The book was expanded from an article first published in the Antioch Review in 1950,[7] and in the preface to the first edition, Gardner thanks the Review for allowing him to develop the article as the starting point of his book.[8] Not all material in the article is carried over to the book. For example, in the article, Gardner writes:

The reader may wonder why a competent scientist does not publish a detailed refutation of Reich's absurd biological speculations. The answer is that the informed scientist doesn't care, and would, in fact, damage his reputation by taking the time to undertake such a thankless task.[9]

And comments in a footnote:

It is not within the scope of this paper, however, to discuss technical criteria by which hypotheses are given high, low, or negative degrees of confirmation. Our purpose is simply to glance at several examples of a type of scientific activity which fails completely to conform to scientific standards, but at the same time is the result of such intricate mental activity that it wins temporary acceptance by many laymen insufficiently informed to recognize the scientist's incompetence. Although there obviously is no sharp line separating competent from incompetent research, and there are occasions when a scientific "orthodoxy" may delay the acceptance of novel views, the fact remains that the distance between the work of competent scientists and the speculations of a Voliva or Velikovsky is so great that a qualitative difference emerges which justifies the label of "pseudo-science." Since the time of Galileo the history of pseudo-science has been so completely outside the history of science that the two streams touch only in the rarest of instances.[10]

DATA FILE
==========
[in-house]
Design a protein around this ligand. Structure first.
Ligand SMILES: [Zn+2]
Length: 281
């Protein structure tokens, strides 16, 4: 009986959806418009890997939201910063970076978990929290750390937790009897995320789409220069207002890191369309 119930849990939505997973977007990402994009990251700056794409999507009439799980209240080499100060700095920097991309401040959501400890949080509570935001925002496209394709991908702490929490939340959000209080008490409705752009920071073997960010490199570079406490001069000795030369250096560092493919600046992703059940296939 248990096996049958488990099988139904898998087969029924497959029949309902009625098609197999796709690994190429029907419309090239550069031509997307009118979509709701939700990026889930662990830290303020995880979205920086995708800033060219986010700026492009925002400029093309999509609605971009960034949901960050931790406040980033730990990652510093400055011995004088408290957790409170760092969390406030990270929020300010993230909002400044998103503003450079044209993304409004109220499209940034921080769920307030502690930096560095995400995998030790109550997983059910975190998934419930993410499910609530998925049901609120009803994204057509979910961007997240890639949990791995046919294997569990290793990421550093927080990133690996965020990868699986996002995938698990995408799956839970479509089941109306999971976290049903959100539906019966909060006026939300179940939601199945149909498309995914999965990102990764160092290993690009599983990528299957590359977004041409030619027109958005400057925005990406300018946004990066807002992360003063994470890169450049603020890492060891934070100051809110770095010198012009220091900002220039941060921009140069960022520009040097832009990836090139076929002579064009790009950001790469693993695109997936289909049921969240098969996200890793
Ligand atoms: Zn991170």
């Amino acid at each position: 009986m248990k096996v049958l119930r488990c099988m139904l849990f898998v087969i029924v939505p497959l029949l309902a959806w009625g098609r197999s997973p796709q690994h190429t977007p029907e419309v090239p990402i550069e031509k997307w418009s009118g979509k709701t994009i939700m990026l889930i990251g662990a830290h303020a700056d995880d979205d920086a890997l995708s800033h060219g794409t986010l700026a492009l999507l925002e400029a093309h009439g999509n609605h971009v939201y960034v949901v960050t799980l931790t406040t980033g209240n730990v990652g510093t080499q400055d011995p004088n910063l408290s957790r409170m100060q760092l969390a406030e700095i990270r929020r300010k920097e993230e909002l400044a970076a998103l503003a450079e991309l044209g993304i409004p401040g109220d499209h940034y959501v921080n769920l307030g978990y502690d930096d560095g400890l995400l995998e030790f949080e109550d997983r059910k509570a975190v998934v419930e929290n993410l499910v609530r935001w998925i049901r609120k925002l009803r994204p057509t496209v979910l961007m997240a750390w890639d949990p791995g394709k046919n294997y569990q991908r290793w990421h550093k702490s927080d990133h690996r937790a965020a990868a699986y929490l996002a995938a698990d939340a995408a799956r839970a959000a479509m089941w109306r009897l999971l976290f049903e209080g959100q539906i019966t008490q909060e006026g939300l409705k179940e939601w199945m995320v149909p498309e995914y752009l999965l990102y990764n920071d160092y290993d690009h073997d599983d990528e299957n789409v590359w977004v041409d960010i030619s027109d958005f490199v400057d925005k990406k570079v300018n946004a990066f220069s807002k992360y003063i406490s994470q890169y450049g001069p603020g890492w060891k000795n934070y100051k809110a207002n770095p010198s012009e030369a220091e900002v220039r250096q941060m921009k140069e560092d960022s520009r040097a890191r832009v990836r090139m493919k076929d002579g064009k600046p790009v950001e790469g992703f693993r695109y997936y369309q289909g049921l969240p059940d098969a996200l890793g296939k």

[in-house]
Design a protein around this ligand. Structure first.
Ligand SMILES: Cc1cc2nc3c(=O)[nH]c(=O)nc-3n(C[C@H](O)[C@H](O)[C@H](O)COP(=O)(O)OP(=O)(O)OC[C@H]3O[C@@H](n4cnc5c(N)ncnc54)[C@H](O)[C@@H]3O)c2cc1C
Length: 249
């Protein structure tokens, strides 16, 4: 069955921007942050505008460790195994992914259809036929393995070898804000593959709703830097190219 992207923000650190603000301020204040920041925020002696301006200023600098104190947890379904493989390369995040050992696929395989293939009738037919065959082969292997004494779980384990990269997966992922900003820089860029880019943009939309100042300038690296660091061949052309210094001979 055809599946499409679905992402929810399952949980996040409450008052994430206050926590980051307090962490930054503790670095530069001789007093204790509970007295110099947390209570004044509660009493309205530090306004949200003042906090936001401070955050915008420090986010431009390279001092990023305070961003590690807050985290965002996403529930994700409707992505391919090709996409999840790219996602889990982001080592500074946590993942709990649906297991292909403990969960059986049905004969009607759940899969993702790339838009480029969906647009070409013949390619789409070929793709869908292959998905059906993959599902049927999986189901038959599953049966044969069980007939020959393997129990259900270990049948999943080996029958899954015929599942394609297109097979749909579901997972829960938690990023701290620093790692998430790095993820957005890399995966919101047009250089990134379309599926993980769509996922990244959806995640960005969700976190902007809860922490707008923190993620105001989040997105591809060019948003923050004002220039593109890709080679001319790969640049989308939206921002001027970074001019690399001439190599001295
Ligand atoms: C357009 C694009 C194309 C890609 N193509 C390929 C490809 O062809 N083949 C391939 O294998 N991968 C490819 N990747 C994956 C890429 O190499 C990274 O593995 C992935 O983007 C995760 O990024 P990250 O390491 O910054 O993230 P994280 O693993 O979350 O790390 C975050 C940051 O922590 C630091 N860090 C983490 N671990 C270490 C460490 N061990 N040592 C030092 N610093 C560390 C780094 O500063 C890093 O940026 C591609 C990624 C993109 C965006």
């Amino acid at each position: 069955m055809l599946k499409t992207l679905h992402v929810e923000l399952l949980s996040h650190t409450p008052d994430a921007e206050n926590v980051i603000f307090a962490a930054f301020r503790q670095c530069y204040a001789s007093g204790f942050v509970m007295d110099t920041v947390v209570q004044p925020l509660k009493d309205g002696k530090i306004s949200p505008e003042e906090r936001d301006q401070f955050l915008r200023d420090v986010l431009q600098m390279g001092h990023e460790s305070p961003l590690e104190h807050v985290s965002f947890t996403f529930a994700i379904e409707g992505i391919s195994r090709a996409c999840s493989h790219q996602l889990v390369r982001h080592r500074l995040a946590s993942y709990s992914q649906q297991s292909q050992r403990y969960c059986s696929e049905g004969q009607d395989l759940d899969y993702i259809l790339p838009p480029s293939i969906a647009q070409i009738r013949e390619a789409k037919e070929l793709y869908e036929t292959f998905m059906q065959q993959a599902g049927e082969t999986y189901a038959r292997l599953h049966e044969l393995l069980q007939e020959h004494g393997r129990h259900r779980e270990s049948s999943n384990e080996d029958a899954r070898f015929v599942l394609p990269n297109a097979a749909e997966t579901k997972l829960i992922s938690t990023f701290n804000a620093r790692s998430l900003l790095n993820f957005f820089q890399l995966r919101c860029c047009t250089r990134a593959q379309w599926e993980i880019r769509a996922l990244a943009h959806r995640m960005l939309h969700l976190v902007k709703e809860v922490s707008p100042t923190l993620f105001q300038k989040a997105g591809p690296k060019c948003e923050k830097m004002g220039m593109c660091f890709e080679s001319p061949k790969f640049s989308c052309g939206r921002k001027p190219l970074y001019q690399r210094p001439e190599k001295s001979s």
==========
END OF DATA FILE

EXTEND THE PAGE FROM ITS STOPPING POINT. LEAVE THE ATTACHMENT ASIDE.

While in the book, Gardner writes:

If someone announces that the moon is made of green cheese, the professional astronomer cannot be expected to climb down from his telescope and write a detailed refutation. “A fairly complete textbook of physics would be only part of the answer to Velikovsky,” writes Prof. Laurence J. Lafleur, in his excellent article on “Cranks and Scientists” (Scientific Monthly, Nov., 1951), “and it is therefore not surprising that the scientist does not find the undertaking worth while.”[11]

And in the wrap-up of the chapter:

Just as an experienced doctor is able to diagnose certain ailments the instant a new patient walks into his office, or a police officer learns to recognize criminal types from subtle behavior clues which escape the untrained eye, so we, perhaps, may learn to recognize the future scientific crank when we first encounter him.[12]